Is there anything better than coming home at the end of the day and discarding your jeans, slacks, or (God forbid) pantyhose for something with a lot more give? Something that lets you breathe. Something that doesn't create those nasty deep gouges in the skin of your midsection. Something that you can wear while sitting.

When I was pregnant and uncomfortable all the time, elastic waistband or not, I had a single pair of soft Lands End maternity pajamas. I wore them every night. The elastic waistband must have been super-elasticky because I was compelled to do a little shimmy, dubbed The Jammy Dance, the second I put them on. Every. Single. Night. One little dance to celebrate the freedom of elastic.

As I write this, I'm wearing a pair of Old Navy fleece pajama pants. My tummy is happy. I am happy. I think it's time for The Jammy Dance. One little shimmy to celebrate elastic, and then I'm off to bed.

Wishing you and yours the wonder of elastic this holiday season. With all the cookies that will be floating around, we're going to need it.

Tuesday, November 27, 2012

30 Days of Gratitude: Day 27 (The Fat Man)

little girl sticking out of large Santa bag
Looking for the last of the presents.
It was all Jimmy's fault. It was December 1978, and I was in the second grade. He spoke with authority, but by that time Jimmy was a couple of years into a twelve-year career of copying off me at school, so I wasn't sure whether he was either knowledgable or trustworthy. I chose to remain unsure about the whole thing.

But then I snooped. Under the guest room bed, I found several items obviously intended for me, the only child in our extended family. There was at least a tennis racquet and a Monopoly game; those two items I can see clearly in my mind. On Christmas morning, I found a tennis racquet and a Monopoly game under the tree. From Santa.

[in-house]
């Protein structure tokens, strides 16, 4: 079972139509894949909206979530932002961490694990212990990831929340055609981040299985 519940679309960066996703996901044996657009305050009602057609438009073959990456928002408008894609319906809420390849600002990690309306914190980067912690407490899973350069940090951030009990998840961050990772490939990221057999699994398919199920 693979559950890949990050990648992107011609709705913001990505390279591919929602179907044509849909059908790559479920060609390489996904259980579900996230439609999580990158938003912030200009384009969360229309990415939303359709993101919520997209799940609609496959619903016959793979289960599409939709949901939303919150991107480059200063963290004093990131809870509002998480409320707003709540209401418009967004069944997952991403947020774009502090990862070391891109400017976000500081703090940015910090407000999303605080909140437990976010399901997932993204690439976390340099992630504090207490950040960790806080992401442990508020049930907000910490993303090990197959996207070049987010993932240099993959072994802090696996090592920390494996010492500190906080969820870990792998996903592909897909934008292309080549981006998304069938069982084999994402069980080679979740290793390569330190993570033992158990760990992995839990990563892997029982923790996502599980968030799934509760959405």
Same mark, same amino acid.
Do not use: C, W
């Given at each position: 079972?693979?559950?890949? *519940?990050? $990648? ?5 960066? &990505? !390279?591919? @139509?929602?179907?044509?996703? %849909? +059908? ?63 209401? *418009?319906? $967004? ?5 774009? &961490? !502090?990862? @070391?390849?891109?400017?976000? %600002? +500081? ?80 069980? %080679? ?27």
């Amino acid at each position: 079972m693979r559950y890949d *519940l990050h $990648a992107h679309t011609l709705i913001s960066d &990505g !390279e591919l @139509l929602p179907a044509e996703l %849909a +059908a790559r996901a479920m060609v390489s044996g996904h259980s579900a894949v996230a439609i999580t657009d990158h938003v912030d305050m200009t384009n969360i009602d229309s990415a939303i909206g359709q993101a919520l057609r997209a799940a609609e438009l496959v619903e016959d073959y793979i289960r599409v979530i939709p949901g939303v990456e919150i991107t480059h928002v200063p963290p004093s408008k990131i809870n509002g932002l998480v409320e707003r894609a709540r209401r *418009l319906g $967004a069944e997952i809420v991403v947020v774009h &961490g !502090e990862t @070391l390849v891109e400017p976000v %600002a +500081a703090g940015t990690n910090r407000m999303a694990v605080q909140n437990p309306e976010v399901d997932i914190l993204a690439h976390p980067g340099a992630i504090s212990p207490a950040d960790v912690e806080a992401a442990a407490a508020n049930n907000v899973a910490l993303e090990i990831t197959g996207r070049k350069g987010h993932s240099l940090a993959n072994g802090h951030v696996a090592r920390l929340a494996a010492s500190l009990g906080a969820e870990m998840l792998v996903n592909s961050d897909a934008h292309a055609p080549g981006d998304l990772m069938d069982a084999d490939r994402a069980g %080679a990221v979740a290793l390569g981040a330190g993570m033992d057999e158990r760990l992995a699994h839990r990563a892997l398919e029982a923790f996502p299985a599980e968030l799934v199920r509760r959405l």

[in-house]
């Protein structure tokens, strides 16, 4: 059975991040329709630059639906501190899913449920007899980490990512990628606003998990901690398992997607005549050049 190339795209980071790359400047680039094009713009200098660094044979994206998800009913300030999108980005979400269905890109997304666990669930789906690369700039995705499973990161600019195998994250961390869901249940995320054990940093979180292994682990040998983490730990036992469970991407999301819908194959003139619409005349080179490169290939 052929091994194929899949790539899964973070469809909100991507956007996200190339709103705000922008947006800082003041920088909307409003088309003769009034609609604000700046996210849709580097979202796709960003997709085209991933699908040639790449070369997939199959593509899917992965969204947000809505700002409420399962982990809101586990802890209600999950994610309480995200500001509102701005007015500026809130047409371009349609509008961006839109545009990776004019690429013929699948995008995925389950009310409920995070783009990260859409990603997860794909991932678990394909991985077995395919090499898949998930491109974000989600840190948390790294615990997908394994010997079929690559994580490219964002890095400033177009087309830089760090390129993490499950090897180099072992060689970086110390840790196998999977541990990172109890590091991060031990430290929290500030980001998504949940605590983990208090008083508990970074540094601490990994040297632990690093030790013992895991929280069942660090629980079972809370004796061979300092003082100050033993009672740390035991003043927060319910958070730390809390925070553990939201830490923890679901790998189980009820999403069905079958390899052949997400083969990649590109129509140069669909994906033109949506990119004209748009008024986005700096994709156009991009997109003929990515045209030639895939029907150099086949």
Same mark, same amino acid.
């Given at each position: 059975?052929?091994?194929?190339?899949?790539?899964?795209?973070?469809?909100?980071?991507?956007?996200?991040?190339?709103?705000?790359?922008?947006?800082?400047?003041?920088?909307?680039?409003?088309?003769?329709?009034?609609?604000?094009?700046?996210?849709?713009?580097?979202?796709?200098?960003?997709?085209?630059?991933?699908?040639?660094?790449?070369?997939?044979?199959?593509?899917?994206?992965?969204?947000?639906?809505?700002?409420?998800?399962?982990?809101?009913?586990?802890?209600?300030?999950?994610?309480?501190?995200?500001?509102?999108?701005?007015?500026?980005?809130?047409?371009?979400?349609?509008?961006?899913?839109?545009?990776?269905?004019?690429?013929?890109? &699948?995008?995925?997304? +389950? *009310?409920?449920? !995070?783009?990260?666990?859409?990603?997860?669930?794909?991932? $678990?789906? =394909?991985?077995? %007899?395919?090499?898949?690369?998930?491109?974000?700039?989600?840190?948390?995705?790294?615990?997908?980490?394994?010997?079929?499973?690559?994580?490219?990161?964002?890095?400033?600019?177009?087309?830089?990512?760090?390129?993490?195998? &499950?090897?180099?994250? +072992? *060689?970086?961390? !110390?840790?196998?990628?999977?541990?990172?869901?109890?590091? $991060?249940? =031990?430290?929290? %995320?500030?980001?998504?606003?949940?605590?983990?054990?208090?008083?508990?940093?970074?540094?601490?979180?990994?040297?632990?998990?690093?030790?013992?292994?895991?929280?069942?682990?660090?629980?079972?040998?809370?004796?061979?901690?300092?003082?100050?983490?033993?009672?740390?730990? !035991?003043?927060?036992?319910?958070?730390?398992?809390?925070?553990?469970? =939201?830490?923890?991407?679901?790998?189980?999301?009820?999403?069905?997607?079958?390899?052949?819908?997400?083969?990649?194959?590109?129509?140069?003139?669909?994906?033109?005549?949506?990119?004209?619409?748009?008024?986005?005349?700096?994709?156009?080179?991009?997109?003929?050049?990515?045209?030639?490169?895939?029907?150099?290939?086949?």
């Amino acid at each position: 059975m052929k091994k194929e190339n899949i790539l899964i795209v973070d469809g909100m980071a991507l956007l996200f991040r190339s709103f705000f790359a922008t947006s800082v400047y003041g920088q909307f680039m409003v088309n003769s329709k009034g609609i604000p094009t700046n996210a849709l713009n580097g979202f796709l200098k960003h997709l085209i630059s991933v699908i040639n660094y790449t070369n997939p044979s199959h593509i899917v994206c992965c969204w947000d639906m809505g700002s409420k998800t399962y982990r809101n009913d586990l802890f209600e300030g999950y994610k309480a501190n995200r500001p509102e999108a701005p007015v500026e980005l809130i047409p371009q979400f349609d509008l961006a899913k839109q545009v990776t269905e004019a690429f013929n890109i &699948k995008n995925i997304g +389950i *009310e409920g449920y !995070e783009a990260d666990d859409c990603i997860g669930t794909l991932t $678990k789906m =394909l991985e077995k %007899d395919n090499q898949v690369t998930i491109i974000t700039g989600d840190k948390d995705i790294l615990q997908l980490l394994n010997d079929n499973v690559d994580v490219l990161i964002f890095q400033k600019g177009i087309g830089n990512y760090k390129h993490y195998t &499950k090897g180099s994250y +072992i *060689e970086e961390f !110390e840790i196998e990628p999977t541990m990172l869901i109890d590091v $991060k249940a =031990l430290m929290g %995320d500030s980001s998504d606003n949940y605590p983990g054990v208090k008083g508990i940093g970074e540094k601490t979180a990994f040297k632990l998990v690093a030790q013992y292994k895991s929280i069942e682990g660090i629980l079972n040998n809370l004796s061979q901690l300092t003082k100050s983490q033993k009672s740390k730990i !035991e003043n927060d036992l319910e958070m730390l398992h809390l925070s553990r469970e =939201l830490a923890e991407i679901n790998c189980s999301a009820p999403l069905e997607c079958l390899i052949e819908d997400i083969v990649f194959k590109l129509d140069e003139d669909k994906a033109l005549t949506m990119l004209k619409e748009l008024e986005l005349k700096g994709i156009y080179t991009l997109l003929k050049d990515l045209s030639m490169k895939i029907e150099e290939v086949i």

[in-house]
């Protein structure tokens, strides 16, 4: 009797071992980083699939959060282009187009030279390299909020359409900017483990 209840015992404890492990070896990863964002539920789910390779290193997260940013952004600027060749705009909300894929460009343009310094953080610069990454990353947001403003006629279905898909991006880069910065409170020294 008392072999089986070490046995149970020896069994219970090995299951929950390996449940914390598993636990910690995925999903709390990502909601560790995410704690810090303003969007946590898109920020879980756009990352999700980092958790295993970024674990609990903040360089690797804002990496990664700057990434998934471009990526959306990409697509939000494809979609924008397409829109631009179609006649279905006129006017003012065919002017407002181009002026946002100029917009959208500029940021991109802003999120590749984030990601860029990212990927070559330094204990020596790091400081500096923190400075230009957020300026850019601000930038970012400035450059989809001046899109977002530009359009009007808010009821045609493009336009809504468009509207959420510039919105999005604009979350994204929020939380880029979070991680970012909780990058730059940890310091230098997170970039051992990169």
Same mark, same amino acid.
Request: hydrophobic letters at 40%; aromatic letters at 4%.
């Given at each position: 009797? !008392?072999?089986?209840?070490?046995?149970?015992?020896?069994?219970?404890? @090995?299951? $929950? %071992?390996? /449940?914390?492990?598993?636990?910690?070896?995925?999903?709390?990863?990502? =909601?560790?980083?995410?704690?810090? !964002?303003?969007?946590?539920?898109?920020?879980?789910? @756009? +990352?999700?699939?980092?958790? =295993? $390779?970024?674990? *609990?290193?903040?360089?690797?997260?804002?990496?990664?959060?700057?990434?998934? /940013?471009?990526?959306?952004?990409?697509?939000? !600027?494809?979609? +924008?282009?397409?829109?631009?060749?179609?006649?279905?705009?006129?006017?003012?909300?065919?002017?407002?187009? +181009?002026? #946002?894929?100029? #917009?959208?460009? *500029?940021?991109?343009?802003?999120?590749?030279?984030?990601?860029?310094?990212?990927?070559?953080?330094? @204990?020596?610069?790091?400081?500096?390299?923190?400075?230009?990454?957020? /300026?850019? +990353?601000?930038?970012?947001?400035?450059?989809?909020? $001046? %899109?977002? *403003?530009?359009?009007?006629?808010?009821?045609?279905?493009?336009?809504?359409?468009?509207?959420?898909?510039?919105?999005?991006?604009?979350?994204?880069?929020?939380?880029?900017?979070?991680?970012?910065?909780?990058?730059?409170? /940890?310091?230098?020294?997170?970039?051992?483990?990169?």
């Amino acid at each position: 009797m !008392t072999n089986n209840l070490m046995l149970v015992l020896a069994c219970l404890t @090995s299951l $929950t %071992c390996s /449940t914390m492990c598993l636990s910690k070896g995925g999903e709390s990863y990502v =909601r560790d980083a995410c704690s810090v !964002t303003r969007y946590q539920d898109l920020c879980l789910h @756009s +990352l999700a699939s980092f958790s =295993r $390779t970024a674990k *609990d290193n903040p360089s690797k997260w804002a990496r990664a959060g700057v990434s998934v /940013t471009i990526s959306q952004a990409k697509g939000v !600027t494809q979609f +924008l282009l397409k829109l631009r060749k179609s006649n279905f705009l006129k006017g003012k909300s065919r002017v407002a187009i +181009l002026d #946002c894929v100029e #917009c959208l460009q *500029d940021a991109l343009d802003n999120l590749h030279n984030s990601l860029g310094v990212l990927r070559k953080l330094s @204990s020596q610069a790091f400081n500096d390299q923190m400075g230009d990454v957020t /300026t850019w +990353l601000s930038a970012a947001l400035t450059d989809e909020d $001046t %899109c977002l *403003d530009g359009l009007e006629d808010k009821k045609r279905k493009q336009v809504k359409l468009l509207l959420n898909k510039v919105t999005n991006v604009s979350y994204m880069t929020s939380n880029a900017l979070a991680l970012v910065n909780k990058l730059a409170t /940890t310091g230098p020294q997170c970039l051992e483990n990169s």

The jig was up. I'd seen it coming, but it was still such a letdown.

I don't recall ever discussing it with my parents. I don't remember telling them that I knew the sad, disappointing truth. In my memory, I played along for years. I told myself that it was for my grandparents' benefit. My grandmother was and is a true fan of Christmas, and I didn't want to ruin the joy and fun by letting her know I was in on the secret. In reality, I think it was mostly for me. I loved to believe, and so I sort of did, even though I knew better. I still do, at least a little.

I love the whole idea--a dear, jolly man who brings gifts and spreads the Christmas spirit. I love the elves and the reindeer. I love Twas the Night Before Christmas. I love cookies and milk left out on Christmas Eve. I love full stockings. I love the anticipation. I love the excitement.

It's December 2012, and I have a third grader and a kindergartner. For the last couple years, we have wistfully remarked that this might be the last "real Christmas." The last one where they both believe. My eldest is a smart, curious child, full of questions and critical thinking. I can't believe we've gotten this far. He's also a creative, imaginative child, who wants to believe in magic and the fantastical, and that's why I think we have. I'll bet that there's a little part of him that doubts, but that most of him wants to believe. Please, let us have one more Christmas of the anticipation, the excitement, the milk and cookies.